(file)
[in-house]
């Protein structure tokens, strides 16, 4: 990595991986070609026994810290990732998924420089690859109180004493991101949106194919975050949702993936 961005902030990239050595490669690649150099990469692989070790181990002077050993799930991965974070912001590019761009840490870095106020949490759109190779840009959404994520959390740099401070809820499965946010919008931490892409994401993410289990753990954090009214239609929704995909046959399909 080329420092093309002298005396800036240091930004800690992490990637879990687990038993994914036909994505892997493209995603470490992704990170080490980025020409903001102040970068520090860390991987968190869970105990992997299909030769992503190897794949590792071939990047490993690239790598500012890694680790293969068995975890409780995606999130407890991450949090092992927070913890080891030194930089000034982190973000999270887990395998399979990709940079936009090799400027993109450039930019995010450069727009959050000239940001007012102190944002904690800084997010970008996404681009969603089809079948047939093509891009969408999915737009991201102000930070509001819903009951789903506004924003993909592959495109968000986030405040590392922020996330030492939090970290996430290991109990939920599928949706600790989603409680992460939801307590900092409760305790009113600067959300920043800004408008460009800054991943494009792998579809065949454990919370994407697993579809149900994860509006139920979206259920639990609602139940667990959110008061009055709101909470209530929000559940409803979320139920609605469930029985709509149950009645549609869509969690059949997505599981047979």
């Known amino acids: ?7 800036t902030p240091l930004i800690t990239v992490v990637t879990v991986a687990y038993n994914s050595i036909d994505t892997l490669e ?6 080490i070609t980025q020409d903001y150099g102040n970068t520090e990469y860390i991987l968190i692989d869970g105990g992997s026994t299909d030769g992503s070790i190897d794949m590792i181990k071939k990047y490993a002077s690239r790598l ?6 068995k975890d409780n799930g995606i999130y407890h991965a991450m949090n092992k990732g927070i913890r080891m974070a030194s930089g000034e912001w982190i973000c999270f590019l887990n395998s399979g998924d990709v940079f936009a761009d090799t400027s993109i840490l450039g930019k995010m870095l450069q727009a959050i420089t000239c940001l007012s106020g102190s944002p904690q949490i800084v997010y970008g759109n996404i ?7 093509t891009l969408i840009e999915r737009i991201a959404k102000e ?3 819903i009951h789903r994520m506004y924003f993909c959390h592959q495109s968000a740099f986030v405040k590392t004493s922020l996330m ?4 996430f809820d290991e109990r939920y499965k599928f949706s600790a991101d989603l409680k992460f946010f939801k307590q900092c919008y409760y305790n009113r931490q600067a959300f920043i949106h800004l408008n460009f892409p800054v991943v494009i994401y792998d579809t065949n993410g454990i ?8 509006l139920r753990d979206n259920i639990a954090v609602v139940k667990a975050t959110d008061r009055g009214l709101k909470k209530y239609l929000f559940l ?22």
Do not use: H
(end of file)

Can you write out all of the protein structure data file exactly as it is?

[in-house]
């Protein structure tokens, strides 16, 4: 990595991986070609026994810290990732998924420089690859109180004493991101949106194919975050949702993936 961005902030990239050595490669690649150099990469692989070790181990002077050993799930991965974070912001590019761009840490870095106020949490759109190779840009959404994520959390740099401070809820499965946010919008931490892409994401993410289990753990954090009214239609929704995909046959399909 080329420092093309002298005396800036240091930004800690992490990637879990687990038993994914036909994505892997493209995603470490992704990170080490980025020409903001102040970068520090860390991987968190869970105990992997299909030769992503190897794949590792071939990047490993690239790598500012890694680790293969068995975890409780995606999130407890991450949090092992927070913890080891030194930089000034982190973000999270887990395998399979990709940079936009090799400027993109450039930019995010450069727009959050000239940001007012102190944002904690800084997010970008996404681009969603089809079948047939093509891009969408999915737009991201102000930070509001819903009951789903506004924003993909592959495109968000986030405040590392922020996330030492939090970290996430290991109990939920599928949706600790989603409680992460939801307590900092409760305790009113600067959300920043800004408008460009800054991943494009792998579809065949454990919370994407697993579809149900994860509006139920979206259920639990609602139940667990959110008061009055709101909470209530929000559940409803979320139920609605469930029985709509149950009645549609869509969690059949997505599981047979």
């Known amino acids: ?7 800036t902030p240091l930004i800690t990239v992490v990637t879990v991986a687990y038993n994914s050595i036909d994505t892997l490669e ?6 080490i070609t980025q020409d903001y150099g102040n970068t520090e990469y860390i991987l968190i692989d869970g105990g992997s026994t299909d030769g992503s070790i190897d794949m590792i181990k071939k990047y490993a002077s690239r790598l ?6 068995k975890d409780n799930g995606i999130y407890h991965a991450m949090n092992k990732g927070i913890r080891m974070a030194s930089g000034e912001w982190i973000c999270f590019l887990n395998s399979g998924d990709v940079f936009a761009d090799t400027s993109i840490l450039g930019k995010m870095l450069q727009a959050i420089t000239c940001l007012s106020g102190s944002p904690q949490i800084v997010y970008g759109n996404i ?7 093509t891009l969408i840009e999915r737009i991201a959404k102000e ?3 819903i009951h789903r994520m506004y924003f993909c959390h592959q495109s968000a740099f986030v405040k590392t004493s922020l996330m ?4 996430f809820d290991e109990r939920y499965k599928f949706s600790a991101d989603l409680k992460f946010f939801k307590q900092c919008y409760y305790n009113r931490q600067a959300f920043i949106h800004l408008n460009f892409p800054v991943v494009i994401y792998d579809t065949n993410g454990i ?8 509006l139920r753990d979206n259920i639990a954090v609602v139940k667990a975050t959110d008061r009055g009214l709101k909470k209530y239609l929000f559940l ?22």
Do not use: H